As with any manufacturer, Fulton always likes its products to look the part – they have to be aesthetically pleasing. However, its main USP is the performance of its umbrellas. Innovation might not be the first thing you think of when you picture umbrella making but you’d be surprised.
Not only do they continuously trial new materials and ways of manufacture but the Fulton team also product test all of their new ranges with almost as much vigour as you’d trial a wind turbine. Using a wind tunnel at Imperial College London, each new design is tested with extreme pressure to measure how much force is being put onto the umbrella at various angles.
The idea is to mimic what it feels like to hold onto the umbrella in the wind. Nigel explains: “Our unique selling point is undoubtedly the performance of our umbrellas from an engineering and technical aspect. Umbrellas are fundamentally a performance product in the sense that you can buy a designer umbrella for £200, I saw one a while ago in Hong Kong and when I looked at it, it had a beautiful wooden handle, fantastic woven fabric from France but a cheap Chinese frame.
“I know it’ll fall apart in the first gust of wind. It doesn’t matter how beautiful an umbrella is, if it doesn’t perform, it ends up in the bin. We look at it the other way around - it’s all about performance. We only launch a new product when we know the performance is right.
“We test in wind tunnels and go through lots of prototypes, developing unique frames etc, because there’s no point in going any further until you’re 100% happy with the actual frame itself and how it performs.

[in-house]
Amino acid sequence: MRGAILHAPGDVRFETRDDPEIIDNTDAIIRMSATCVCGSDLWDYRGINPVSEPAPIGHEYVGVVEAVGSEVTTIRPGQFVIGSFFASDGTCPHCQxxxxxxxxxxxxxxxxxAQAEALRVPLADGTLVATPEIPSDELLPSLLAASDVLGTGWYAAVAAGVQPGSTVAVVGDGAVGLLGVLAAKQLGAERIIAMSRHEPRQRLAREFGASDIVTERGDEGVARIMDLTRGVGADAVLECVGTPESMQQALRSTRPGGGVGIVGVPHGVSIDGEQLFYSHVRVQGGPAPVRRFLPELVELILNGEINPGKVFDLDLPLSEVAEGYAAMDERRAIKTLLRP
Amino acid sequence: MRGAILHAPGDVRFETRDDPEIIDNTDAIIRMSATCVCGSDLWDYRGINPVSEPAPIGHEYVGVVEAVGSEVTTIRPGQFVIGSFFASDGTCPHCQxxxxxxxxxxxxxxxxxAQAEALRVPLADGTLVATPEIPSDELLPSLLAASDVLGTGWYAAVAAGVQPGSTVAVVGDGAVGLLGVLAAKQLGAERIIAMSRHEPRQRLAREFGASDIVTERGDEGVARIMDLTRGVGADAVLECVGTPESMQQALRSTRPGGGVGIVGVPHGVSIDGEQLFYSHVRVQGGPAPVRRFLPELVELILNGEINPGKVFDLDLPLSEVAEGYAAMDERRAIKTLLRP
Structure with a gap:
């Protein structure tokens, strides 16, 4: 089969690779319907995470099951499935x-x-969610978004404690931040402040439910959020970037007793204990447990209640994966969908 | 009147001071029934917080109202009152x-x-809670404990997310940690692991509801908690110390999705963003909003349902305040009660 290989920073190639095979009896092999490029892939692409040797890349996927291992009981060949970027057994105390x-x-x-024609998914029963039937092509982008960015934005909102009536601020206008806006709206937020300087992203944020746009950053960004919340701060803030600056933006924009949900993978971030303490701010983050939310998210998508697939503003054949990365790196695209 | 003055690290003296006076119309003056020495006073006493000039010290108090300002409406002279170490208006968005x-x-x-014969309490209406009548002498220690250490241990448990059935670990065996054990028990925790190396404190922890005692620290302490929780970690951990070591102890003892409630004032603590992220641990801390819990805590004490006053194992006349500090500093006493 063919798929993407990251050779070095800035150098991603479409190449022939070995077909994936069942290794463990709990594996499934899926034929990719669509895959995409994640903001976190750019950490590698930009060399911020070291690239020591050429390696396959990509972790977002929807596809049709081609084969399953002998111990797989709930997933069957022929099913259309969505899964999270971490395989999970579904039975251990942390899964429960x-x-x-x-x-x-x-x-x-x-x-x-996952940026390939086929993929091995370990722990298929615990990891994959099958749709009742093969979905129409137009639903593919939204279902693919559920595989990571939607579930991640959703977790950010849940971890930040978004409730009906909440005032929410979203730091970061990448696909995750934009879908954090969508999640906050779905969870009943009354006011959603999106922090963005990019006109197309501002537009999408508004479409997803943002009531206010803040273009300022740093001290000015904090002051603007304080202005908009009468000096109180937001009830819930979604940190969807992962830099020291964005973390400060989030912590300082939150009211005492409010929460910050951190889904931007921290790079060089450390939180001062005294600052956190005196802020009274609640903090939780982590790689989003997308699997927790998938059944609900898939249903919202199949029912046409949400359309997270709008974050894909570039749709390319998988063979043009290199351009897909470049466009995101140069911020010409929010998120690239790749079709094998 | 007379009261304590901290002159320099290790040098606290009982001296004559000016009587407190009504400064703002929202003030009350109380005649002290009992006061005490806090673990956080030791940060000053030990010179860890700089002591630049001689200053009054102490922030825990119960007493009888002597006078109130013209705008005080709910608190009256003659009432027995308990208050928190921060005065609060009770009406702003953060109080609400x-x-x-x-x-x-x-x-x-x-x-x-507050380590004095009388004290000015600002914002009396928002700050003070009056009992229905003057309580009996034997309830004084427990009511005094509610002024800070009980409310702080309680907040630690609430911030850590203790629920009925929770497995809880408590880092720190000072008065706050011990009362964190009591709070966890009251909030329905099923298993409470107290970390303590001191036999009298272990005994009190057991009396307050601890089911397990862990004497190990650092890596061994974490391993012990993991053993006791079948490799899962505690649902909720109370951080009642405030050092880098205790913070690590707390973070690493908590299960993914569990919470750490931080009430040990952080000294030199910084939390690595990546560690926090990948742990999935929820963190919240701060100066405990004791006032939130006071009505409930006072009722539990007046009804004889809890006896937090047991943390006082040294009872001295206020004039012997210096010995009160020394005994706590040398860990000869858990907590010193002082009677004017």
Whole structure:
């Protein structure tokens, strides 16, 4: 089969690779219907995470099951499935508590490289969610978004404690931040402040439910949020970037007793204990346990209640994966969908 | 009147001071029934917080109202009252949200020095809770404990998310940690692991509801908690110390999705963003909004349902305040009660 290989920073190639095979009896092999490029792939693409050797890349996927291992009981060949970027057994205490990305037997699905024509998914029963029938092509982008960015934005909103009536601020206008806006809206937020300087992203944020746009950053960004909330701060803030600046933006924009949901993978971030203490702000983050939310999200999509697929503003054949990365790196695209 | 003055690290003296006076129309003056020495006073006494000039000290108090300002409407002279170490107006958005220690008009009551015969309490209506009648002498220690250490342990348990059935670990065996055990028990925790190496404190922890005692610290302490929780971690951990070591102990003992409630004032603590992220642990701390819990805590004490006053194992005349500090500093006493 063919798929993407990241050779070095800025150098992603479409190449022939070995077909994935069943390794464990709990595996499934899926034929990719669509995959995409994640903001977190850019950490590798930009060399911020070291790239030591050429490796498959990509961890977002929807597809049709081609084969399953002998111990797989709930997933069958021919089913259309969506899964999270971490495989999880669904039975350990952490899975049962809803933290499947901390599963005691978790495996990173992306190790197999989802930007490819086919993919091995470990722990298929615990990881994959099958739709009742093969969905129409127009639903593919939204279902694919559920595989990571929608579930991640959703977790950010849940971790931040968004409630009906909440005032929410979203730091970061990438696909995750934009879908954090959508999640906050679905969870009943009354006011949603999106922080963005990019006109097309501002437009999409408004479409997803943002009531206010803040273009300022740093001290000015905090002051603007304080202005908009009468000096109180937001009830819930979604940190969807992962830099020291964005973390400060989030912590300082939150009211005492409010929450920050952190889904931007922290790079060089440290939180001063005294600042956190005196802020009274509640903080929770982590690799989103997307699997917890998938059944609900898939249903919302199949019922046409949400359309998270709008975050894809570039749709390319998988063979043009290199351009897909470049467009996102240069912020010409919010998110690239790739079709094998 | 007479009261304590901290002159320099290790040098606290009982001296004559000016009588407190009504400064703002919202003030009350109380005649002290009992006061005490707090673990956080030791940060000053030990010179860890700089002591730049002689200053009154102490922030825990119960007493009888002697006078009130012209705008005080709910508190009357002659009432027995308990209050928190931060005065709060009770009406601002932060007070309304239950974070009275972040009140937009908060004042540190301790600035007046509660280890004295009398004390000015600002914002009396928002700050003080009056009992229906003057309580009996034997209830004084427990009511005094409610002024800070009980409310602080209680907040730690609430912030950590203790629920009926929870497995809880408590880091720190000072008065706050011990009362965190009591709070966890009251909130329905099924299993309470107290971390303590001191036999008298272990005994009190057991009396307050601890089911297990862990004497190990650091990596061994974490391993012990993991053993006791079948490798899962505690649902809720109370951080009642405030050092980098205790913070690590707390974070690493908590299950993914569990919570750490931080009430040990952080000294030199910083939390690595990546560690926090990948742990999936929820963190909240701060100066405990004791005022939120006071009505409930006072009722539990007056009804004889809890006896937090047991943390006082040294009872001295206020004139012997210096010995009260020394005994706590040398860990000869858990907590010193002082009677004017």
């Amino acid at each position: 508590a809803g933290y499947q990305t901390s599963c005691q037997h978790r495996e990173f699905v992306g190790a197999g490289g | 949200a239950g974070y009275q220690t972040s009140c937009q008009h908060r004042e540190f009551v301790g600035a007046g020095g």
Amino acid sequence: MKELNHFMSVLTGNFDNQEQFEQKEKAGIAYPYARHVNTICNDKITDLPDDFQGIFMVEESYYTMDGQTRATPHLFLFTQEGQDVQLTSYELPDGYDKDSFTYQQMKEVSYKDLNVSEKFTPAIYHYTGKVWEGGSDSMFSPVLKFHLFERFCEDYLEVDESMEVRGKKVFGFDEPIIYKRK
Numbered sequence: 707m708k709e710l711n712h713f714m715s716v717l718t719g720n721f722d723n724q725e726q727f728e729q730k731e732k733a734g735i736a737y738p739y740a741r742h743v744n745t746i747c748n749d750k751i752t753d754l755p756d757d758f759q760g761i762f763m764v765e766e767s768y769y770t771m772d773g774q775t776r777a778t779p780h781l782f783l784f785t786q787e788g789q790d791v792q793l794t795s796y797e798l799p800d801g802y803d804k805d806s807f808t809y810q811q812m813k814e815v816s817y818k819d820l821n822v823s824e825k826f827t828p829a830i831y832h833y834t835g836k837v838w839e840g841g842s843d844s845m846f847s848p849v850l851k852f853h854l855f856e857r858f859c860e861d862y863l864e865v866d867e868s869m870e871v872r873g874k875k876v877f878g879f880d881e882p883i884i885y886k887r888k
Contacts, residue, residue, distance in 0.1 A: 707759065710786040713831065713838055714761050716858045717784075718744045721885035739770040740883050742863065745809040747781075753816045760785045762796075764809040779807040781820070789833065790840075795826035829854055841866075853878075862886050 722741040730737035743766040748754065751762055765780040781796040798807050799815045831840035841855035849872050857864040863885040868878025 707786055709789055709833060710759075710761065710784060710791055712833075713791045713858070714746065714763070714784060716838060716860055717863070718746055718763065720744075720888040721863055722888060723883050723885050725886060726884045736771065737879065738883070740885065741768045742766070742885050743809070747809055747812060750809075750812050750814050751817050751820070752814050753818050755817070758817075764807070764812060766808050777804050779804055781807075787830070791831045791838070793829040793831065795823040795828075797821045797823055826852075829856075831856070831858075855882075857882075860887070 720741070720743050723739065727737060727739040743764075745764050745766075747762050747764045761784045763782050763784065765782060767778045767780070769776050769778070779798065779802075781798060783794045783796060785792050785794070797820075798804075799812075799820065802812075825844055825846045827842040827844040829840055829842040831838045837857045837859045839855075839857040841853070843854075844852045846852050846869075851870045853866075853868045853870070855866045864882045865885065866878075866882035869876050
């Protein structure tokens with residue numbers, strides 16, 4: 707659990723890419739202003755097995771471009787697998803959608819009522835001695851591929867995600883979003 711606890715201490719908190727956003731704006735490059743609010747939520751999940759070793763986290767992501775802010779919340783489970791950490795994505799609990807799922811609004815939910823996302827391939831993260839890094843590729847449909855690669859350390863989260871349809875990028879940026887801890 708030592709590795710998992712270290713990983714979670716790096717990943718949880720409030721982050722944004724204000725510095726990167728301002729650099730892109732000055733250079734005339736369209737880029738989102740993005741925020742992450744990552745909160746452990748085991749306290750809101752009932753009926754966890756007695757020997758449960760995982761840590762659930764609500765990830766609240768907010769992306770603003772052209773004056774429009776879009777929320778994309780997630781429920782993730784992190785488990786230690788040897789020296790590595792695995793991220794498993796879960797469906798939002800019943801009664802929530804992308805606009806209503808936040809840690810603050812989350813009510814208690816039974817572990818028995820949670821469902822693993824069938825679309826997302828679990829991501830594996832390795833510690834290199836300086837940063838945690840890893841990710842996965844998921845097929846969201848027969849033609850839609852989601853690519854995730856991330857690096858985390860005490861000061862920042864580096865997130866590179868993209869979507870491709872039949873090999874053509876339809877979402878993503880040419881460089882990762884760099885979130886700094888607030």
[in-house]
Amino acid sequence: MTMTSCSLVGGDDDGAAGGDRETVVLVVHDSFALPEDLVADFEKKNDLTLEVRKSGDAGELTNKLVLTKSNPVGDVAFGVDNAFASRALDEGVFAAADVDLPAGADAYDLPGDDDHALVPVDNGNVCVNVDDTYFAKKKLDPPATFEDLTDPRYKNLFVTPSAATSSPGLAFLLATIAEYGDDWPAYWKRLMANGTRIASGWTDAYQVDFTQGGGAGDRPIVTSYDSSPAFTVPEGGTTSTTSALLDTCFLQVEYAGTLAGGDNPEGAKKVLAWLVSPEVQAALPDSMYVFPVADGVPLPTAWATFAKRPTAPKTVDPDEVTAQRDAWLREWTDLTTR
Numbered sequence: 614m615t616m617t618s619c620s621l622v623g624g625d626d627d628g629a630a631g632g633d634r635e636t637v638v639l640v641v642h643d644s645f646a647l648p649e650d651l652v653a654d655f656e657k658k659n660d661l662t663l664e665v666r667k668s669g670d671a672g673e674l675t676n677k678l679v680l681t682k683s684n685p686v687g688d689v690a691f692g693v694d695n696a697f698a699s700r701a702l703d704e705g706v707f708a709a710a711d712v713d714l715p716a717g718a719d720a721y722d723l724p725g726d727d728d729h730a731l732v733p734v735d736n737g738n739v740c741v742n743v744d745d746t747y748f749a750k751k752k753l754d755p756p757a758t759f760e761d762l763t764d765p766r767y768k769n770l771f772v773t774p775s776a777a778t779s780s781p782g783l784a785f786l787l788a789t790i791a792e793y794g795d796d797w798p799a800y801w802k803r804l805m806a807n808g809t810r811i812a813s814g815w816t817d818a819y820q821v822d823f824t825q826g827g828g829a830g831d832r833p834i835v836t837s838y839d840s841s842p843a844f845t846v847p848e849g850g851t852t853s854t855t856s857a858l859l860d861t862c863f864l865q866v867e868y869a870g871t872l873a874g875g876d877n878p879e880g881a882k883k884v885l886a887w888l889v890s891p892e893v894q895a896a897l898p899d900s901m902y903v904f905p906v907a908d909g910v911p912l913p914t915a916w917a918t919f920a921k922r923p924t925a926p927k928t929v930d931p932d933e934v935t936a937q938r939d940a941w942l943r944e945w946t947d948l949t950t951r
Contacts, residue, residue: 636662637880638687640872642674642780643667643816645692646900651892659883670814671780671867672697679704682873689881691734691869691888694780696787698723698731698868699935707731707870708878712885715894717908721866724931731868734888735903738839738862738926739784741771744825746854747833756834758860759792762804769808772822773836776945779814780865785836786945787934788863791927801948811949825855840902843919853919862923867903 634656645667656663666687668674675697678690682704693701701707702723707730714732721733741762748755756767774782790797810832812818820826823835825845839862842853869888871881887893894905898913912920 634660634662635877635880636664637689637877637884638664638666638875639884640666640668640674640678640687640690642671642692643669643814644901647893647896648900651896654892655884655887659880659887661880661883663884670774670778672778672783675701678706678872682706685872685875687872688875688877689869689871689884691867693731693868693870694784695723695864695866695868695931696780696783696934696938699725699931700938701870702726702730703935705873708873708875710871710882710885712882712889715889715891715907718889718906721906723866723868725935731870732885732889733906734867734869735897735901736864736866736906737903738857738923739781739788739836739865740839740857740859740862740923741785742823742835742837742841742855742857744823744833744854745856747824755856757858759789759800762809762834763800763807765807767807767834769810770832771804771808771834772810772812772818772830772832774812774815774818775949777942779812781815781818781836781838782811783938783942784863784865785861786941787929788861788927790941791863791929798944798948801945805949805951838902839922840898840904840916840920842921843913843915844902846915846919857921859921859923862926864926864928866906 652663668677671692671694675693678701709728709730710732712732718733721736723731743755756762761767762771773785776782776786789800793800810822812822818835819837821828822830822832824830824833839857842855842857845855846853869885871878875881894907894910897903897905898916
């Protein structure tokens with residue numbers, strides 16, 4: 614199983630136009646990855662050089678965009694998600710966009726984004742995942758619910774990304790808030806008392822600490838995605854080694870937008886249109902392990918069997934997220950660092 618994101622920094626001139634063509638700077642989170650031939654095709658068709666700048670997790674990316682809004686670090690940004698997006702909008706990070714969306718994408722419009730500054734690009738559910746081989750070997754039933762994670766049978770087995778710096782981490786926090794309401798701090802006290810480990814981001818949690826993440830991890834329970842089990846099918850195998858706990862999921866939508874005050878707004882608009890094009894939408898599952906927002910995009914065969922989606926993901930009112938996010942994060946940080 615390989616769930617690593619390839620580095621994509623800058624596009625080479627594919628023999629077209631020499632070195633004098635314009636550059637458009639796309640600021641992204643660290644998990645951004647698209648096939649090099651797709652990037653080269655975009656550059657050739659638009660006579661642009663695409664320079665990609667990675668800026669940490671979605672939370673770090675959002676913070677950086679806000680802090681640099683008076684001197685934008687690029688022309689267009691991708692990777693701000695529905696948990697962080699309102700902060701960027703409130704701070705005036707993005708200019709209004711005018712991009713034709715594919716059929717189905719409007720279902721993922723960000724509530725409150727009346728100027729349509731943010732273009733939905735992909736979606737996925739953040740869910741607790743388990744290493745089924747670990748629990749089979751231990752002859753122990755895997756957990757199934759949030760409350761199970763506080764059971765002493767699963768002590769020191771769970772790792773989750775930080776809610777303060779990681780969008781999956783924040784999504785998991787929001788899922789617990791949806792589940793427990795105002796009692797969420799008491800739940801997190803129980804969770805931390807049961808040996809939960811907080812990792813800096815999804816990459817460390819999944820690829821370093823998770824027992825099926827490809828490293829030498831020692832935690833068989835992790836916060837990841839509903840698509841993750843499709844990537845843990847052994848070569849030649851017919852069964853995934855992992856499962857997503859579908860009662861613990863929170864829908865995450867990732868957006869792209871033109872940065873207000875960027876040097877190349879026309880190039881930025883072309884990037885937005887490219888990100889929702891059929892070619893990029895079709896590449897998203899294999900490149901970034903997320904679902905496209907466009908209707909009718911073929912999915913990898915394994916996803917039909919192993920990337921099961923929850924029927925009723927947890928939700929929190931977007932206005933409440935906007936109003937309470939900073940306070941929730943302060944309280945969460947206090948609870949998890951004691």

“Whether it’s a tiny handbag umbrella or a huge wind proof umbrella, we’re only happy if it’s the best in its class. Once we’re at that stage, we can layer on the fashion side, which I think is our second USP if you like.
“We have a design team who follow all of the latest fashion trends, they go to trade shows in Italy and France etc and we produce these bi-annual collections. The end consumer knows they’re getting a well-built umbrella when they buy a Fulton umbrella but they also want it to be fashionable.”
Fulton’s dedication to innovation has also seen the company attempt to produce a bulletproof umbrella as well as an umbrella with a built-in parachute. Yes, that’s right, bulletproof!
“We prototyped a bulletproof umbrella but it had quite a limited market,” he chuckled. “It was quite a heavy thing but we had bulletproof Kevlar fabric which we made it out of. It was very fun to do but never really took off.
“We also made a parachute umbrella which was inspired by 9/11. We wondered if you could use an umbrella to jump out of a window, similar to an ejector seat in a fighter plane, to land safely. From our research we realised that to have a decent parachute effect, the umbrella would need to be so much larger than a usual umbrella, it would have to be 6m wide as opposed to 1m wide, it just wasn’t practical so we put an end to that development.”
Despite their failed attempts at creating bulletproof and parachuting umbrellas, Fulton have certainly succeeded in creating umbrellas for the masses. If their recent sales are anything to go by, their constant strive to innovate and push the boundaries of umbrella making are certainly paying off.
Nigel concluded: “We employ 30 people in the UK and have offices around the world where we have additional staff. Last year we turned over around £11m and over the next year we’re looking to increase that by around 15%.
“Looking forward however, there is plenty of room for further developments in umbrellas. There are also other markets we would like to break into such as the US market. That’s a huge market that we do very little in at the moment. It’s number one on our list of things to do.
“We’ve also recently launched our ecommerce store which is just gaining traction, we hope that will further increase our retail offering as well helping establish ourselves overseas.”